A digital revolution is transforming scientific research into a more open, more interconnected, more global, and more data-driven endeavor. Many of these changes are driven by new digital infrastructure.
But science is also done in the laboratory and in the field. Experimentalist need to prepare solutions, calibrate complex instruments, and make measurements on samples. This more down to earth aspect of research has gotten a bit less attention from open science and digital science enthusiasts. However new approaches and new tools may improve the way we do research in the lab. A handful of digital science companies are already thinking how digitalization and connection to the internet can improve the way we use scientific instruments. For instance Transcriptic and Emerald Cloud Lab have installed armies of robots in their Silicone Valley warehouse (or at least that is how I imagine it) that are awaiting your orders to perform experiments. The results are then delivered directly to your computer screen.
BioBright, a startup out of MIT and Harvard University , wants to connect our lab instruments. The idea is that connecting sensors to your instruments, even the most simple one, would give you more control and a better understanding of the exact conditions in which the experiment was done.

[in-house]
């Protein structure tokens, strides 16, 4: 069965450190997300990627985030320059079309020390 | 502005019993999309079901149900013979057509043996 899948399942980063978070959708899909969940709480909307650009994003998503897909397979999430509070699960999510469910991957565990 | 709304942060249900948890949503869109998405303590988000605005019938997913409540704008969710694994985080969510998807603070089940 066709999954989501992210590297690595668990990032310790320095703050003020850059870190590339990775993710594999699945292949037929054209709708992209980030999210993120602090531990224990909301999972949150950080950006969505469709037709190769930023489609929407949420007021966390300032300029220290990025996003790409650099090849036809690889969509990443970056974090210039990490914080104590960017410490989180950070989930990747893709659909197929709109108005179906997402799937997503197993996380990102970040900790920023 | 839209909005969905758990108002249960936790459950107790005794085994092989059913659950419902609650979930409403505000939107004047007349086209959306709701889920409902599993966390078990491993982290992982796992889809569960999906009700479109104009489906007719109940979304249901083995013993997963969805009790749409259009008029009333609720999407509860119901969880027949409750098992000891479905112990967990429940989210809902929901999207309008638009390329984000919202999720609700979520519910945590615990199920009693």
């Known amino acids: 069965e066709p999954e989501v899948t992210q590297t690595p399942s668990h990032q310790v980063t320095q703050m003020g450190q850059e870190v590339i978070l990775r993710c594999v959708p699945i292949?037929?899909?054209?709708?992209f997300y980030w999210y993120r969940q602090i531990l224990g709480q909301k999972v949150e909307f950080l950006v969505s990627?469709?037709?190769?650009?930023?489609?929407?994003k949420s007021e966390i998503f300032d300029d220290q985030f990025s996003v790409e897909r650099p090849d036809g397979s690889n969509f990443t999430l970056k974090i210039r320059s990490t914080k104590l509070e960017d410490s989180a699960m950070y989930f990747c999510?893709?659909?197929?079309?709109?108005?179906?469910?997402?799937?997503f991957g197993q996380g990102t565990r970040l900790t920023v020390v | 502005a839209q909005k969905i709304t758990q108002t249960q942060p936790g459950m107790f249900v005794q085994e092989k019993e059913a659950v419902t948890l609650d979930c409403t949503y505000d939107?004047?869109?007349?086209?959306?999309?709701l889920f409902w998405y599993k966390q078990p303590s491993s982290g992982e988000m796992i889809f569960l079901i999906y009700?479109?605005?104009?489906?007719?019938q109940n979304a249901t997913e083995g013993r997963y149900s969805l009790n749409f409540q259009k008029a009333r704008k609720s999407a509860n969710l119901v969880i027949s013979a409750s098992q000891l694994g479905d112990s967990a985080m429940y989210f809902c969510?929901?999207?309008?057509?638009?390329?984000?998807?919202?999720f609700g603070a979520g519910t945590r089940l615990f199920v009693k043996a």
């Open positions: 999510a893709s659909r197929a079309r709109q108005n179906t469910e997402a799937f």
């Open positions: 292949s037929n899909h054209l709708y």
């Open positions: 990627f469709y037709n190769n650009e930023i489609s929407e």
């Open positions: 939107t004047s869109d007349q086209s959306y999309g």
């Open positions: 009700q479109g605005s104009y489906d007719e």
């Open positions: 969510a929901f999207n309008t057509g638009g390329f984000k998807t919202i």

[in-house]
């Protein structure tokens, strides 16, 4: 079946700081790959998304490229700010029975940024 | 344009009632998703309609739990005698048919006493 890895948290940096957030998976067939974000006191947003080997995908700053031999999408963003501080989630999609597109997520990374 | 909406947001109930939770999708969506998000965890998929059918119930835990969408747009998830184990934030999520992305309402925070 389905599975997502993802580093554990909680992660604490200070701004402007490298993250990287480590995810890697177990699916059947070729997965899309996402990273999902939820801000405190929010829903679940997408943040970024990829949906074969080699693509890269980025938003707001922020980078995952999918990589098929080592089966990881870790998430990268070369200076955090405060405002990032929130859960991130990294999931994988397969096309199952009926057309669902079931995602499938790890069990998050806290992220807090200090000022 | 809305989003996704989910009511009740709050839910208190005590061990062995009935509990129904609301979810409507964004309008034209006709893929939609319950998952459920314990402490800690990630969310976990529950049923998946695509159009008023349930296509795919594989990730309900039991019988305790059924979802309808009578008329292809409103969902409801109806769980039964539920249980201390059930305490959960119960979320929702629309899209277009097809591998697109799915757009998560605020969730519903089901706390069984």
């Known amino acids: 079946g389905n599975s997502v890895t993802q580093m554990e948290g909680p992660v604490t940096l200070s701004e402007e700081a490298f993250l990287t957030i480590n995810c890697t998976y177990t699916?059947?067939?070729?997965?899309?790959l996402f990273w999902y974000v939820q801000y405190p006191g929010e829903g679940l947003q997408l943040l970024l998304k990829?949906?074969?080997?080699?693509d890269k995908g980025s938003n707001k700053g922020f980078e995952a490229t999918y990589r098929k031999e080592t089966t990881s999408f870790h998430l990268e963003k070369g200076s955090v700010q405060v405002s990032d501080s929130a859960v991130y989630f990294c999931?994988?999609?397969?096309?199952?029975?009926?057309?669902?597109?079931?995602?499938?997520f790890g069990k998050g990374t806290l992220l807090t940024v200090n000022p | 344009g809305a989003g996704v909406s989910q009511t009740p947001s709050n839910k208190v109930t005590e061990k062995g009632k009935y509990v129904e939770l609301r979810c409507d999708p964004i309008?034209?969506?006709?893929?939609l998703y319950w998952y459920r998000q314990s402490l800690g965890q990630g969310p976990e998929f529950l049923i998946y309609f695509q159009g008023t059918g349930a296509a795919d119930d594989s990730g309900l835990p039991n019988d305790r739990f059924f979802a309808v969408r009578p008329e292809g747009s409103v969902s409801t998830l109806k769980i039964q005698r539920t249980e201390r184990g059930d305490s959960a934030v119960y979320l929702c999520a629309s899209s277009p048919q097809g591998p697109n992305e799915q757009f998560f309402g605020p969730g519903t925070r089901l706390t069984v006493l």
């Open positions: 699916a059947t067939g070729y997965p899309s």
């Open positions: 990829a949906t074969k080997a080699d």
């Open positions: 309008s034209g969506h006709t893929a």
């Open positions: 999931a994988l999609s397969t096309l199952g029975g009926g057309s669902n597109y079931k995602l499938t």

Practically, BioBright is working on a collection of sensors and software solutions that can be associated to the most common lab instruments. These extra pieces of data could provide the experimentalist with precious details about the environment in which the experiment was done, making it easier to troubleshoot or reproduce the experiment. BioBright has already mentioned connecting thermometers, but other sensors such as hydrometers, motion sensors, and light sensors could also be useful. Eventually, these measurements could be automatically associated to the data generated by the instrument, then transmitted and archived in electronic lab notebook.
BioBright is one of the first to bring the internet of things (or internet of instruments as mentioned by this Techcrunch article) to the research laboratories. It has taken years for web 2.0 technologies to reach researchers. But perhaps BioBright and others related initiatives such as TetraScience, are early signs that innovative connected scientific instruments will be developed alongside the recent and very trendy connected home technologies (and not 10 years later).